On 20 October, the Government imposed sanctions on three Iranian commanders involved in supplying weaponry to Russia, along with the company that manufactures Shahed drones.
Earlier, Putin announced on 30 September that Russia had annexed four regions of Ukraine spanning 40,000 square miles – the biggest land grab in Europe since the Second World War.
Once again, this exposes his self-delusion.
Putin has declared the annexation of territory he has not captured – and what he had managed to seize he is in the process of losing.
On 12 October, 143 countries – three quarters of the entire membership of the United Nations – voted in the General Assembly to condemn the annexation.
Russia had just four supporters – Syria, Belarus, Nicaragua, North Korea – and when those regimes are your only friends, you know you really are isolated.
When 141 countries denounced Putin’s invasion back in March, some speculated if that was the ceiling of the international support for Ukraine.
The latest vote showed even more nations are now ready to condemn Russia.
But Putin still thinks that by forcing up food and energy prices, we will lose our resolve.
Our task is to prove him wrong.
We will not waver in our support for Ukraine’s right to self-defence.
I delivered that emphatic message when I spoke to my Ukrainian counterpart on Tuesday and my Right Honourable Friend the Prime Minister said the same to President Zelenskyy, when they spoke on the phone, the first foreign leader he called upon his appointment as Prime Minister.
On Thursday I will attend a meeting of G7 Foreign Ministers in Germany, where I will send a unified signal of our shared determination.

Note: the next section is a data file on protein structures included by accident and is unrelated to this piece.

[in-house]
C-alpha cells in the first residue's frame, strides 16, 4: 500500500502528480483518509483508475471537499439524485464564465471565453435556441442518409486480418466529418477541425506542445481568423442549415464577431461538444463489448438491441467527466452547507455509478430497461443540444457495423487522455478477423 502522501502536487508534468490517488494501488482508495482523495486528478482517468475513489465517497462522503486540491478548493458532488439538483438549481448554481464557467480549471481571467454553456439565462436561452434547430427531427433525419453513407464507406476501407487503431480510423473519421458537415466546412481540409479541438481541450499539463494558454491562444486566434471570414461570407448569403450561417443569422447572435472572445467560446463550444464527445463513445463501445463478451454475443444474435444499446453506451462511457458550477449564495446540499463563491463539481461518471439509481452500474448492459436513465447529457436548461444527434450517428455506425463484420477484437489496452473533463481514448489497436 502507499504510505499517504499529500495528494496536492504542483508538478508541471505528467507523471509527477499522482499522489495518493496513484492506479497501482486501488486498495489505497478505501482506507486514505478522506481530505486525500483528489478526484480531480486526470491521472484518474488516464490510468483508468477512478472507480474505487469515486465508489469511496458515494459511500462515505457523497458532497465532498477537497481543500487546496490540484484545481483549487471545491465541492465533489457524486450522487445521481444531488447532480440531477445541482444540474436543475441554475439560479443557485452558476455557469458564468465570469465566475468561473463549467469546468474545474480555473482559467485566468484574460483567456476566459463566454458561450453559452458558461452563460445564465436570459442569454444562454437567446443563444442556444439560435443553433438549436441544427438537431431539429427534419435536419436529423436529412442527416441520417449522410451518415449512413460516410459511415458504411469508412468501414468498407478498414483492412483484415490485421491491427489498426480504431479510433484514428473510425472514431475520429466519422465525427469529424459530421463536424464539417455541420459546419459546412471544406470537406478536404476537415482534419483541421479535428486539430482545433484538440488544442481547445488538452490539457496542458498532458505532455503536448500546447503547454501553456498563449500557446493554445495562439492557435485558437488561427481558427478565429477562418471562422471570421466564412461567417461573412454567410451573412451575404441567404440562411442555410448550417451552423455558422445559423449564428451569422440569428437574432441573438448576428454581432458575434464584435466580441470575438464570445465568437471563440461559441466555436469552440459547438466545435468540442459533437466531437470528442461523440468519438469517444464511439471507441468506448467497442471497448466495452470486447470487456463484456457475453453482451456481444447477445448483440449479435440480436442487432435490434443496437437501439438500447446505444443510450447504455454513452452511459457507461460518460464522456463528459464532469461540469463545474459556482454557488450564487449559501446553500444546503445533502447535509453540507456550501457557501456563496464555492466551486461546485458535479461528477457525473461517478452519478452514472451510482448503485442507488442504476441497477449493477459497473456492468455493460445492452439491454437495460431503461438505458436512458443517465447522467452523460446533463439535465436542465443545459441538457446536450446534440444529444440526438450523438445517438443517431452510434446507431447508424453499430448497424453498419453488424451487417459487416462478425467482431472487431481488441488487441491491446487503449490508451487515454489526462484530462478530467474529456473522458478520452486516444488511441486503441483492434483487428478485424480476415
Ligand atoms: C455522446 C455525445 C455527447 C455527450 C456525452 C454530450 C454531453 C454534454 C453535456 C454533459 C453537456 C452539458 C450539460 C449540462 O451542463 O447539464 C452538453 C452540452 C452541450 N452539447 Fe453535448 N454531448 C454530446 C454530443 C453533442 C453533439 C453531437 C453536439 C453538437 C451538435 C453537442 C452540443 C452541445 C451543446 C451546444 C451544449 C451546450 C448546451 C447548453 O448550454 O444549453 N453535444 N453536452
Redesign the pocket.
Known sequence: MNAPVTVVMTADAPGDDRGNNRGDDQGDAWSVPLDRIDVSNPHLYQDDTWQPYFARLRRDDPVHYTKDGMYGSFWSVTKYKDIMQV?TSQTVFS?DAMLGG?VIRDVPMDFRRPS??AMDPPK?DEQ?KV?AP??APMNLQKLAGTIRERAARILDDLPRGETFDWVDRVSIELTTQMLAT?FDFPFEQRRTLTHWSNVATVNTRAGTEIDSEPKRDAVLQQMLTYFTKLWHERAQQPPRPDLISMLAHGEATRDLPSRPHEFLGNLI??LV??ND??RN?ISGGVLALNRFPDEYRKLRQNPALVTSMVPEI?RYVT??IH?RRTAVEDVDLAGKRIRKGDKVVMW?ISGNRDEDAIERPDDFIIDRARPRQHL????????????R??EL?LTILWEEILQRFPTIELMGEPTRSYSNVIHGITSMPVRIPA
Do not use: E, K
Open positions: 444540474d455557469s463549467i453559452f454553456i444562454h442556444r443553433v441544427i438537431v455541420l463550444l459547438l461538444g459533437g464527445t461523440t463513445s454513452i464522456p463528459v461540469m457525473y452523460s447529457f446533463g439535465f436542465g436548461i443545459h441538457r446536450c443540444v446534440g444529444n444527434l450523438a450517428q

This year Britain has given Ukraine £2.3 billion of military support – more than any country in the world apart from the United States of America.
We will provide Ukraine with more support to repair its energy infrastructure and we have committed £220 million of humanitarian aid.
The House will have noted Putin’s irresponsible talk about nuclear weapons, and an absurd claim that Ukraine plans to detonate a radiological “dirty bomb” on its own territory.
No other country is talking about nuclear use. No country is threatening Russia or threatening President Putin. He should be clear that for the UK and our Allies, any use at all of nuclear weapons would fundamentally change the nature of this conflict. There would be severe consequences for Russia.
And how counter-productive would it be for Russia to break a norm against nuclear use that has held since 1945 and has underpinned global security.
Nothing will alter our conviction that the Ukrainians have a right to live in peace and freedom in their own lands.
If Putin were to succeed, every expansionist tyrant would be emboldened to do their worst and no country would be safe.
That is why we stand and will continue to stand alongside our Ukrainian friends until the day comes – as it inevitably will – that they prevail.
Mr Speaker I commend this statement to the House.